Why do you suppose Searle's covert agenda would be diametrically opposed to his overt positions, recounted in his books, papers and lectures?
    He is perhaps a member of the CIA.
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    Perhaps Bertrand Russell and Karl Popper were in the CIA too? Or MI6?
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  8. #7 You're right to an extent 
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    I think you are right to an extent about some philosophers wanting to be "real scientists." Psychologists went through this phase when they took the behaviorist road. We see the same thing today with the computational theories of mind. (I like to joke that computationalists are just behaviorists with degrees in computer programming.) On the other hand, math and physics can't address questions of meaning, value, what we should do in various circumstances, how we should govern ourselves and each other, etc. The world of real life is far, far to messy for hard sciences to deal with.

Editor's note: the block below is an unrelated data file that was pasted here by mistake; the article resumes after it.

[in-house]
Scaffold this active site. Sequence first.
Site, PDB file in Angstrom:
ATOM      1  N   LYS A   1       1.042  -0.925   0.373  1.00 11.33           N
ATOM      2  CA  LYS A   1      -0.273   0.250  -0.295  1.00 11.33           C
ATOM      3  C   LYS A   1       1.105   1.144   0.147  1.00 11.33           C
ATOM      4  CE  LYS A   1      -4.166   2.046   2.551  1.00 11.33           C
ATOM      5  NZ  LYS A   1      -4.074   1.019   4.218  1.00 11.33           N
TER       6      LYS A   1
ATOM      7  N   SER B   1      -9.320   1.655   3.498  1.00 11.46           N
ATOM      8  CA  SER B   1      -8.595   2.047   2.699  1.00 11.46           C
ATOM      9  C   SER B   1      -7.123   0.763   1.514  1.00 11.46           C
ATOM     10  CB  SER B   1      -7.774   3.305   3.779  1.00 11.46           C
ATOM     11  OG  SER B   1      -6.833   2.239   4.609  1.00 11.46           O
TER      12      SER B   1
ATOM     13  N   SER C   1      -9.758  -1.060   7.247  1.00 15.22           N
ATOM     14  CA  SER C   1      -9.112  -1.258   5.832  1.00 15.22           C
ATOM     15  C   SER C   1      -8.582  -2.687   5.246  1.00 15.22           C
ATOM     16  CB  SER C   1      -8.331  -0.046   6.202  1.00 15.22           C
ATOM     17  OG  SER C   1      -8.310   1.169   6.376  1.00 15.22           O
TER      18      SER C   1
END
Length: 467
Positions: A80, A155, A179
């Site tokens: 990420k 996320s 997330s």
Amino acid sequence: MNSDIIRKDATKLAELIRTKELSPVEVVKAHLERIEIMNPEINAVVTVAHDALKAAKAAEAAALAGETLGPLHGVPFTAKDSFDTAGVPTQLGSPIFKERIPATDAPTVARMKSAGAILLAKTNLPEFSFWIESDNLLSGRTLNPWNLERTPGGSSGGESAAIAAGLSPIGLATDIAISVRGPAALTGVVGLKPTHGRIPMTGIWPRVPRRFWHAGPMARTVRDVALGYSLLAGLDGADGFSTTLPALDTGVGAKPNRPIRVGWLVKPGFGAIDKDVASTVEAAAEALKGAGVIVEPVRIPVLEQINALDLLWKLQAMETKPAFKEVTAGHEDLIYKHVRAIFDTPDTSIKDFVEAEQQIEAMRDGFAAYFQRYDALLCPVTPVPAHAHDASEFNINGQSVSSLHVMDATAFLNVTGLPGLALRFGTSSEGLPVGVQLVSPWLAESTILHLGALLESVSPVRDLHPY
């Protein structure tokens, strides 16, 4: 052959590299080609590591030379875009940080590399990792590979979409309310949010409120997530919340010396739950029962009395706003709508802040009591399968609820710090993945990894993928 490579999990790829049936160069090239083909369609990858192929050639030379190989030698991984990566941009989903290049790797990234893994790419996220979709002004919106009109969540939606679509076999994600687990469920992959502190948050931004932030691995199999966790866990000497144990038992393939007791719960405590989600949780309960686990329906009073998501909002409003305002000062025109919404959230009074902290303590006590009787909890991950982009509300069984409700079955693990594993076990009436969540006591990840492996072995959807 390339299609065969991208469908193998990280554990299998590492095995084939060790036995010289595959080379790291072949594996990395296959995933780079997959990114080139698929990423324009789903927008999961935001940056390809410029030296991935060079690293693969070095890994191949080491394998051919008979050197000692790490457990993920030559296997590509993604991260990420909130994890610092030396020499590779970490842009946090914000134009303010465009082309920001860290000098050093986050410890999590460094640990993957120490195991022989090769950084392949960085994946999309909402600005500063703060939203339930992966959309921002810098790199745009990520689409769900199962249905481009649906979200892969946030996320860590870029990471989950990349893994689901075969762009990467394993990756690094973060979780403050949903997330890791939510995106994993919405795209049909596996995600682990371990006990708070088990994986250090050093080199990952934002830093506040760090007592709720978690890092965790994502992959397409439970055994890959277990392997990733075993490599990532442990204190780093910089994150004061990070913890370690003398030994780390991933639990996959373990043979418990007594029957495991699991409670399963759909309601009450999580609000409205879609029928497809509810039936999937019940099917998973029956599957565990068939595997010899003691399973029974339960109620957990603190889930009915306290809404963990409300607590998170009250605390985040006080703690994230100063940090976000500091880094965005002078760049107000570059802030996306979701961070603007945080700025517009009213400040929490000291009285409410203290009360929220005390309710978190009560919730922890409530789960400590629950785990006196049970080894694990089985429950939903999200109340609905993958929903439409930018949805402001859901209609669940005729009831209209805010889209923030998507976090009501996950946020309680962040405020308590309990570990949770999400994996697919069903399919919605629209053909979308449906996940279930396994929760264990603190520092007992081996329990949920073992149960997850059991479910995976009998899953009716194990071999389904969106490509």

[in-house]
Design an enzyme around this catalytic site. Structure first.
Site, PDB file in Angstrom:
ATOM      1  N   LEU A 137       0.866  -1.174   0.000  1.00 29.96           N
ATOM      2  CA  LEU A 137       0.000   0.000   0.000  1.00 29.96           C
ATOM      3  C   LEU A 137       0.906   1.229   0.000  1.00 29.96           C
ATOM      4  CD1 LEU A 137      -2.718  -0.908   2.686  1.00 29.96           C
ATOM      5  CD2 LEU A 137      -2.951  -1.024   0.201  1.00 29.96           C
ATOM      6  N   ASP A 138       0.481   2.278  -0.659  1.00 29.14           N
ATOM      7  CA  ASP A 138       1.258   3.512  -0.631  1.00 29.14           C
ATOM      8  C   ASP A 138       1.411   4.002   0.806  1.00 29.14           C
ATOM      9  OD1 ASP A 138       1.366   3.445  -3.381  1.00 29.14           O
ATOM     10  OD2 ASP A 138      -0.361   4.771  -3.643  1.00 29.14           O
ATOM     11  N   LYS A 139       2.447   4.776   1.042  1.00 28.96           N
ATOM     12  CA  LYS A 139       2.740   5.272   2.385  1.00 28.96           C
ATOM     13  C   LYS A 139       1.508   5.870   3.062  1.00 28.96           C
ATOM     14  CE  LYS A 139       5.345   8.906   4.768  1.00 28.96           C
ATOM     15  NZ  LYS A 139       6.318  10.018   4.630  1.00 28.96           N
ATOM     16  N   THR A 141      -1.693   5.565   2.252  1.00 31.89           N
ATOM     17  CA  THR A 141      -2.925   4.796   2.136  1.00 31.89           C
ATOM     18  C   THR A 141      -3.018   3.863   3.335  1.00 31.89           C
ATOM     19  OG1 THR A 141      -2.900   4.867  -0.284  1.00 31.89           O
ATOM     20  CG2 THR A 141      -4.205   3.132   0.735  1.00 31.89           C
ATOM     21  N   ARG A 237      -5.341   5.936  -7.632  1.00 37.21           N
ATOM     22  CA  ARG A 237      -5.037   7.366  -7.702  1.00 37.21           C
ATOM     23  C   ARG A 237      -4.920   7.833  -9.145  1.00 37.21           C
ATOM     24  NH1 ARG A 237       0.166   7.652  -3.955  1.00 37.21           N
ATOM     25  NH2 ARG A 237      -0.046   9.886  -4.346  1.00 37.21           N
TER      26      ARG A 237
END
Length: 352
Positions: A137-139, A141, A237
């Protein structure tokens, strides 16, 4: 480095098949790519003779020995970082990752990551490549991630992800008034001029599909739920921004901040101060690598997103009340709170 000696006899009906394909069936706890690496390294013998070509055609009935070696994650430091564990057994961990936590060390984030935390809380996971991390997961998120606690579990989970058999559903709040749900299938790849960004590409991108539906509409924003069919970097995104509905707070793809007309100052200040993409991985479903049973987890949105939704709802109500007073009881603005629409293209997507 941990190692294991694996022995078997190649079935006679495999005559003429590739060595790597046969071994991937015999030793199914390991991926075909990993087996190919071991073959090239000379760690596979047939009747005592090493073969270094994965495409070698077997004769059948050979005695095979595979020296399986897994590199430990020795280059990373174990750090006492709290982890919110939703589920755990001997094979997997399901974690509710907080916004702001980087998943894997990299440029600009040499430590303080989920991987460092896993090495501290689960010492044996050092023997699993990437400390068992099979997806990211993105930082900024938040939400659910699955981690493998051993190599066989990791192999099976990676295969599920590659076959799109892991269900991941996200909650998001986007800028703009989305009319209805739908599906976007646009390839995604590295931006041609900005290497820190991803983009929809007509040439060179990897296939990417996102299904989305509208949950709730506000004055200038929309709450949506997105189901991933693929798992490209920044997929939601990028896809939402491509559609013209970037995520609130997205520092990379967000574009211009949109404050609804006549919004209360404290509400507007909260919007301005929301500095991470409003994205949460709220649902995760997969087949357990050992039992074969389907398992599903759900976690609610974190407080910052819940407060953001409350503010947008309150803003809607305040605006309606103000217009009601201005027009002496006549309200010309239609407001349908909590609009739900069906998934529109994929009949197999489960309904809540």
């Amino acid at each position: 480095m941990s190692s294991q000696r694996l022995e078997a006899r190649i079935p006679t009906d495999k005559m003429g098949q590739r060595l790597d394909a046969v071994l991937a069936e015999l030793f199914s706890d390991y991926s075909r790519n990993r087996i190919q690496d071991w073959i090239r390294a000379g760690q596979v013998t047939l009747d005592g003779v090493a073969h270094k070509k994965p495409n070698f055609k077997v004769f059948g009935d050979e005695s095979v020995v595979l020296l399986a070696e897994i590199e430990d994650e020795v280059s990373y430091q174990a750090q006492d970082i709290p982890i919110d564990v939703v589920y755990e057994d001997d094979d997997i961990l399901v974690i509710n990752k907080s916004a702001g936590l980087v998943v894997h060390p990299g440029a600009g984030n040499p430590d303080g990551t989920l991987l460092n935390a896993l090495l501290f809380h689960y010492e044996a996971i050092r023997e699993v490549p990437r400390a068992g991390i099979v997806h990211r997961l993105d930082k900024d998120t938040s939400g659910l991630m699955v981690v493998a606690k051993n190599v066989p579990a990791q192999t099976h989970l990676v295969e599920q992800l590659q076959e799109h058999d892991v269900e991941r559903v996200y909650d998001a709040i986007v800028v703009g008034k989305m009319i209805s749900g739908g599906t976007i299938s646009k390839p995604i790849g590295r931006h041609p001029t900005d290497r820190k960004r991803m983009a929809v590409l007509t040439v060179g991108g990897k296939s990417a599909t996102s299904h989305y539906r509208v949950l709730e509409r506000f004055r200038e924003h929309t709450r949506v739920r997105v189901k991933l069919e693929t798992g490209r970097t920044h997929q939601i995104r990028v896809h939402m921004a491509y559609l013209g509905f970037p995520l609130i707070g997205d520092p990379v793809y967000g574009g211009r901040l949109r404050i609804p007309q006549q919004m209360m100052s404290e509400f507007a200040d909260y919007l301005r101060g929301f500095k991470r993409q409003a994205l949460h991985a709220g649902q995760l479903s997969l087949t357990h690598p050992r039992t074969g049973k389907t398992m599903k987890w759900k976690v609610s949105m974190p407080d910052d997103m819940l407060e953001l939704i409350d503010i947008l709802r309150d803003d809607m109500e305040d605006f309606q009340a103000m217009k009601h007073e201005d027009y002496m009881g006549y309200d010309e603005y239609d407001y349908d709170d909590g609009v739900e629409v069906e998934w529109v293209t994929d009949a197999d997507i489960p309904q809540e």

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  9. #8 Re: You're right to an extent 
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    Quote Originally Posted by tsiyrrubnuB
    I think you are right to an extent about some philosophers wanting to be "real scientists." Psychologists went through this phase when they took the behaviorist road. We see the same thing today with the computational theories of mind. (I like to joke that computationalists are just behaviorists with degrees in computer programming.) On the other hand, math and physics can't address questions of meaning, value, what we should do in various circumstances, how we should govern ourselves and each other, etc. The world of real life is far, far to messy for hard sciences to deal with.
    I recently had occasion to hang out in the waiting area of St Joseph Hospital in Asheville for a few hours. I was free to walk many of the corridors and rest in many of the waiting areas along with everyone else. It was early morning but it was obvious that the hospital functioned fully 24/7.

    A person can walk the corridors of any big city hospital and observe the effectiveness of human rationality in action. One can also visit the UN building in NYC or read the morning papers and observe just how ineffective, frustrating and disappointing human rationality can be. Why does human reason perform so well in some matters and so poorly in others?